God undoubtedly calls us to be generous as believers in Him, just as he has been the ultimate in generosity by giving his only Son to take the punishment we deserved. But what does the Bible actually say about generosity? Here are just a few of the many verses in the Bible about
Deuteronomy 15:7–8 (ESV)
7 If among you, one of your brothers should become poor, in any of your towns within your land that the LORD your God is giving you, you shall not harden your heart or shut your hand against your poor brother, 8 but you shall open your hand to him and lend him sufficient for his need, whatever it may be.
Even in the Old Testament, God calls his people to be generous with one another, particularly with those in need. He not only speaks to the action of generosity, but the inward spirit — referencing the state of the person’s heart and warning against hardening it. He also puts no limits on this generosity, noting its complete open-handedness and including the qualifier “whatever it may be.”
Proverbs 11:24–25 (ESV)
24 One gives freely, yet grows all the richer;
another withholds what he should give, and only suffers want.
25 Whoever brings blessing will be enriched,
and none who waters will himself be watered.
As with all passages in Proverbs, these verses are packed with poignant wisdom, speaking to the heart as well as the practical side of life. Here, we find a testament to the value of generosity. Yes, we may sacrifice tangible blessings when we give, but we gain what matters. We become more like God and find our contentment in Him, which is worth far more than money. In one way or another, our generosity always benefits us as well.
Matthew 10:42 (ESV)
42 And whoever gives one of these little ones even a cup of cold water because he is a disciple, truly, I say to you, he will by no means lose his reward.
Jesus often speaks of our reward in Heaven after we leave life on this earth, having followed him as a disciple. This verse in particular speaks to the significance of our generosity, implying that God notices our faithfulness even in the most seemingly small acts of compassion toward those in need. Our day-to-day interactions with others are opportunities to be generous, and if we continue to be faithful with those opportunities, we are storing up blessings in Heaven.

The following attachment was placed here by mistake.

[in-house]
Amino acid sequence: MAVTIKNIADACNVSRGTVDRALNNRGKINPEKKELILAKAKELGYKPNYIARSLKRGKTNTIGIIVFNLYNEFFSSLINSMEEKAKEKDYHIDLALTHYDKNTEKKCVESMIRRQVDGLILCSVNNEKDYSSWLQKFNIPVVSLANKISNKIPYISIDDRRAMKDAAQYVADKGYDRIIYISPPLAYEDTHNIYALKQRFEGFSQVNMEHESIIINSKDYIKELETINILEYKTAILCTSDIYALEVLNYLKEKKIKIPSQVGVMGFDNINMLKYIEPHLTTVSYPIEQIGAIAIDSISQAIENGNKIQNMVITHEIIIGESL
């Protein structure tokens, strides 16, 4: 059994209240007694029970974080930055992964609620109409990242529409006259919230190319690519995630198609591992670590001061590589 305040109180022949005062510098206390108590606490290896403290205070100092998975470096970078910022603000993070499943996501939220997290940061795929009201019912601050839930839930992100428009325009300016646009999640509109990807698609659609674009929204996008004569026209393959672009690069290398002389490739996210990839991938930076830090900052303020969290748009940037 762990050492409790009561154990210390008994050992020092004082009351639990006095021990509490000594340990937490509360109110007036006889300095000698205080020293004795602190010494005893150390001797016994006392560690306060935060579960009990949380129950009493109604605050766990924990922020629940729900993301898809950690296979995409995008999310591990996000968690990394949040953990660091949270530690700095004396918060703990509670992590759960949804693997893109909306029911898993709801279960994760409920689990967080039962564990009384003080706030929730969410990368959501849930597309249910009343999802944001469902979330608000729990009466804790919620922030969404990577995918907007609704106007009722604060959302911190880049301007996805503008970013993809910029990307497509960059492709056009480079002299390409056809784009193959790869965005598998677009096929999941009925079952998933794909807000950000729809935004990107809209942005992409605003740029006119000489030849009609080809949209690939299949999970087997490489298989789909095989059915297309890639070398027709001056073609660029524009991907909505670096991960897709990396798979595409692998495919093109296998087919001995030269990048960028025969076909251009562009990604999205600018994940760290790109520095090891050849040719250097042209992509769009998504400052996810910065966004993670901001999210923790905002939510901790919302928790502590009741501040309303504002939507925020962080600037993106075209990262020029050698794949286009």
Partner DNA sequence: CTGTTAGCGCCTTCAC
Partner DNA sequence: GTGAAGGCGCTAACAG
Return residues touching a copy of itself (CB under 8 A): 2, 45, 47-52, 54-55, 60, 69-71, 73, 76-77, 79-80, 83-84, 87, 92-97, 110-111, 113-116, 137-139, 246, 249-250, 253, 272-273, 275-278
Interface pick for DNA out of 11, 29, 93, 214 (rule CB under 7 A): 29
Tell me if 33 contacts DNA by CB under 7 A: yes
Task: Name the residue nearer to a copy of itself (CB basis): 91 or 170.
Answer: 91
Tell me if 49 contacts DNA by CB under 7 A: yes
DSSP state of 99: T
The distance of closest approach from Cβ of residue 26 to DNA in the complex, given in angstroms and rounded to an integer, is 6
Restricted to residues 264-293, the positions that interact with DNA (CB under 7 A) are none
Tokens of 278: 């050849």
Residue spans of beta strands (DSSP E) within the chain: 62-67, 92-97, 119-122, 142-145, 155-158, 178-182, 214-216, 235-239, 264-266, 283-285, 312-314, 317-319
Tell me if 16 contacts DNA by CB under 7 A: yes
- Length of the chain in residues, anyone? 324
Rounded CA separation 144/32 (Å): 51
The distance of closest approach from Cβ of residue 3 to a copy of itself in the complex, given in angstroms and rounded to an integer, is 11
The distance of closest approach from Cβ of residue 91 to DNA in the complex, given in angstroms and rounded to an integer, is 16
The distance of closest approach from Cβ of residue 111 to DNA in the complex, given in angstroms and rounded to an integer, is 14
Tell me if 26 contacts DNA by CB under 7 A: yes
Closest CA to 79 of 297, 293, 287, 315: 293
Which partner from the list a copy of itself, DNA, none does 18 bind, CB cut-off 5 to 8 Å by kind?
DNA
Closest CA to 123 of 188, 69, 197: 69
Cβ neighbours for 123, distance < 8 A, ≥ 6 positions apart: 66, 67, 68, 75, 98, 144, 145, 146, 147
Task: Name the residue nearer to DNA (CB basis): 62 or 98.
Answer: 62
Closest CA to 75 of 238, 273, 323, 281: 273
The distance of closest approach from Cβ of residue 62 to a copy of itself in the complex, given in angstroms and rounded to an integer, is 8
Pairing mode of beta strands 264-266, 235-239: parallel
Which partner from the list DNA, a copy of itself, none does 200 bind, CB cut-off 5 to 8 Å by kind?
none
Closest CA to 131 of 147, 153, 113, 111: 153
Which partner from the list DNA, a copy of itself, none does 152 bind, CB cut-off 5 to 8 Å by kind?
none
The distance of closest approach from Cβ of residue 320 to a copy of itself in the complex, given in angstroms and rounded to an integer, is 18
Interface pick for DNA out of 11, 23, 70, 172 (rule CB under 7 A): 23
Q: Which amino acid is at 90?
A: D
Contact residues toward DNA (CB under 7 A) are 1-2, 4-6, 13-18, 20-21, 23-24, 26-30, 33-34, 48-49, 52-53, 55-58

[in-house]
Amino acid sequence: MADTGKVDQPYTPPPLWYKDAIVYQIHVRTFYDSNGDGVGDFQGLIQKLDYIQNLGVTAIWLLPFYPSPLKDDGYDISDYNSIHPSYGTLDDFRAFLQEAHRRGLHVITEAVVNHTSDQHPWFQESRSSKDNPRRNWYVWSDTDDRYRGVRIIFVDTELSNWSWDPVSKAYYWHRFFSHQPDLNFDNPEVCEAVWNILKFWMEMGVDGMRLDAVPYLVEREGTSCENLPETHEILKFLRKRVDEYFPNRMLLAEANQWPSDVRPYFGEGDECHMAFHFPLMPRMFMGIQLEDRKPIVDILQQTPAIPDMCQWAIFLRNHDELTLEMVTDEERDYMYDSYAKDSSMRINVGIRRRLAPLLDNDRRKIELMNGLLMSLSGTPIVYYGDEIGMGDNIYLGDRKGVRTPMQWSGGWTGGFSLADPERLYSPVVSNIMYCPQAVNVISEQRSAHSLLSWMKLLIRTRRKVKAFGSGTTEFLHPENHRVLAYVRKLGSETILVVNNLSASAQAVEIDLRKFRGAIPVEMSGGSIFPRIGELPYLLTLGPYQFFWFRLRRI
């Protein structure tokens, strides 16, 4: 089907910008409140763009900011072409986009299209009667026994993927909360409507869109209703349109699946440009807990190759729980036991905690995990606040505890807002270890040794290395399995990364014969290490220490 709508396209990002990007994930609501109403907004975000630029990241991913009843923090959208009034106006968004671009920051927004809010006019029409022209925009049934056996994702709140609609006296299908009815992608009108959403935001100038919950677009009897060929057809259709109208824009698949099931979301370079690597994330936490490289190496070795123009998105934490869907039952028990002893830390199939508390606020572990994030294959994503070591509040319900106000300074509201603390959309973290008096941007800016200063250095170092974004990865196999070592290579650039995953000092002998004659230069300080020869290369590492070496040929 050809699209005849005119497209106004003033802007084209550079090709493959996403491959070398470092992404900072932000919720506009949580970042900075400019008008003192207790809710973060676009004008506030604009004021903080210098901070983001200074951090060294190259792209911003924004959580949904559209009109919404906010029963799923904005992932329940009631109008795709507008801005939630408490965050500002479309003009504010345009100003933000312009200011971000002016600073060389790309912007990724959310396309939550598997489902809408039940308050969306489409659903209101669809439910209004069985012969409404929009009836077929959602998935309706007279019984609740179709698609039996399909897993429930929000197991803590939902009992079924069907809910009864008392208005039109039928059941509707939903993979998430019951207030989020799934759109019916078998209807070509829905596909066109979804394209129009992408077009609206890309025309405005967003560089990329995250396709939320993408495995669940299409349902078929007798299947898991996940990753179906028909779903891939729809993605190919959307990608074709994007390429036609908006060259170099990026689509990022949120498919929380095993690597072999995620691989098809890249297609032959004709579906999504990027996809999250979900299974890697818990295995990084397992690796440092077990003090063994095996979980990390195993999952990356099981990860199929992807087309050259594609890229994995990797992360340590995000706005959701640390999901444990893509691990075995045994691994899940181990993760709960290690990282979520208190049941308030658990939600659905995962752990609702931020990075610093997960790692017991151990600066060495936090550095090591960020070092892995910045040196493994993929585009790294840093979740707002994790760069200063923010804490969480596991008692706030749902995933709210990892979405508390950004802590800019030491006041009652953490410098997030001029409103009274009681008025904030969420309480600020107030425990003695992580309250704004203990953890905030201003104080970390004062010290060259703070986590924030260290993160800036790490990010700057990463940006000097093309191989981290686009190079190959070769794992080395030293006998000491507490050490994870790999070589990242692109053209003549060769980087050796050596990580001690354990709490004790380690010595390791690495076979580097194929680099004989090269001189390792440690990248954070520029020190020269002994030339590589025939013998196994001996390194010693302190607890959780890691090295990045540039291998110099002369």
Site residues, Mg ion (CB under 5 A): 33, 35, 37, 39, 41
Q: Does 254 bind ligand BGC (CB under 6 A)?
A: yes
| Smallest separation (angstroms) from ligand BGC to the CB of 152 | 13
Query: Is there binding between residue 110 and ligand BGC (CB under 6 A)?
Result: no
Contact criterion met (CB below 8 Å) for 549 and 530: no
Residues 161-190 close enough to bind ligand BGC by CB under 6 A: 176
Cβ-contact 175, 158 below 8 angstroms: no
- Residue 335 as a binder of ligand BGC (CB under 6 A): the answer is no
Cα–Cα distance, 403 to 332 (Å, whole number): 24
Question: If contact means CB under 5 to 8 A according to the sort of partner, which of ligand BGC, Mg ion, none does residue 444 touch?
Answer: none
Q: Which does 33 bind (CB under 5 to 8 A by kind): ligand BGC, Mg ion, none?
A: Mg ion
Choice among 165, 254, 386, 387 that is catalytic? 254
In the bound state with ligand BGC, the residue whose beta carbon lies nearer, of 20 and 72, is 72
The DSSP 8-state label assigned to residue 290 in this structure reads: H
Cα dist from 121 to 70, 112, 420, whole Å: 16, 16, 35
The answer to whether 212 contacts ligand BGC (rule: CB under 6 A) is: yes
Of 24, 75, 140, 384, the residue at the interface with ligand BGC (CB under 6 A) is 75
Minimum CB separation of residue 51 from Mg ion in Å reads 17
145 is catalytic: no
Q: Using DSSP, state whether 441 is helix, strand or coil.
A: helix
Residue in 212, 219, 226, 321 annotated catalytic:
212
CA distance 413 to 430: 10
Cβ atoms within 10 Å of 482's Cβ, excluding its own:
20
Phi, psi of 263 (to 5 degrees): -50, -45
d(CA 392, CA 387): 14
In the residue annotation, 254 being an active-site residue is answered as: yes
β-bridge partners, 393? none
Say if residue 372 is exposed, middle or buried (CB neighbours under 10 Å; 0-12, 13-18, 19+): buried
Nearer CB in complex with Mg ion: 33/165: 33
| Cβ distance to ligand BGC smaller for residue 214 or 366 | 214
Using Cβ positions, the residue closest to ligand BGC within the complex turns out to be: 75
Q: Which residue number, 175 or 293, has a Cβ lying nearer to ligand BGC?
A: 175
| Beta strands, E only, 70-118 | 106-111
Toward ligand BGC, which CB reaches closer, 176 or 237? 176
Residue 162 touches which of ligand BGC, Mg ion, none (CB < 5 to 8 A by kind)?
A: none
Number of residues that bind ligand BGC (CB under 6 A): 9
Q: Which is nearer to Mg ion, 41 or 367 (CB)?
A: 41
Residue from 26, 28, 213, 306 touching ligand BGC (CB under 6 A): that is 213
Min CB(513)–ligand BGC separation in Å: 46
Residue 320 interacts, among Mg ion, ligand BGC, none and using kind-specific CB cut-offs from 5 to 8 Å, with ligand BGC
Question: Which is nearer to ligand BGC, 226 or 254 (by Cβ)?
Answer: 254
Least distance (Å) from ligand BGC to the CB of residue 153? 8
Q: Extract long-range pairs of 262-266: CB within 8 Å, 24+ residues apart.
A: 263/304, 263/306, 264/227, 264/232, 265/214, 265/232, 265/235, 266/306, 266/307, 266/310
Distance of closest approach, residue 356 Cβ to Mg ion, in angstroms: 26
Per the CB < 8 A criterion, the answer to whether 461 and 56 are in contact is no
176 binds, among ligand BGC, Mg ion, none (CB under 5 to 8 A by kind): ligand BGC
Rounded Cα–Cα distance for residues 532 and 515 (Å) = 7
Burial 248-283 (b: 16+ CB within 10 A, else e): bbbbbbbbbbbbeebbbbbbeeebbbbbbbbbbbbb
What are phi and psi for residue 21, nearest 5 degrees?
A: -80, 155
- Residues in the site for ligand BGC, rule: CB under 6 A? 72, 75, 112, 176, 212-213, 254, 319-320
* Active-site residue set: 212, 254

Luke 21:1–4 (ESV)
1 Jesus looked up and saw the rich putting their gifts into the offering box, 2 and he saw a poor widow put in two small copper coins. 3 And he said, “Truly, I tell you, this poor widow has put in more than all of them. 4 For they all contributed out of their abundance, but she out of her poverty put in all eshe had to live on.”
This story is a well-known testament of the power of a sacrifice for the Lord. It is more valuable to God for a person who has little to give a portion of what they have than someone who has much, knowing that it reflects the condition of each person’s heart. When the poor widow gives “all she had to live on,” it is significant to Jesus, as it required faith and dependence on God to provide for her, as well as reflected how much she loved and worshipped God.
1 John 3:16–18 (ESV)
16 By this we know love, that he laid down his life for us, and we ought to lay down our lives for the brothers. 17 But if anyone has the world’s goods and sees his brother in need, yet closes his heart against him, how does God’s love abide in him?
This verse in 1 John makes it clear that because Christ gave everything for us when we were desperate to be absolved of a debt we could not pay, we are to follow in His footsteps by giving our earthly gifts to those in need. Our belief is challenged in this passage, as it reminds us our deeds must be an outward expression of our faith. Deeds do not save us, but they put faith into action. Giving should be a result of our faith and an act of love and worship, not of obligation.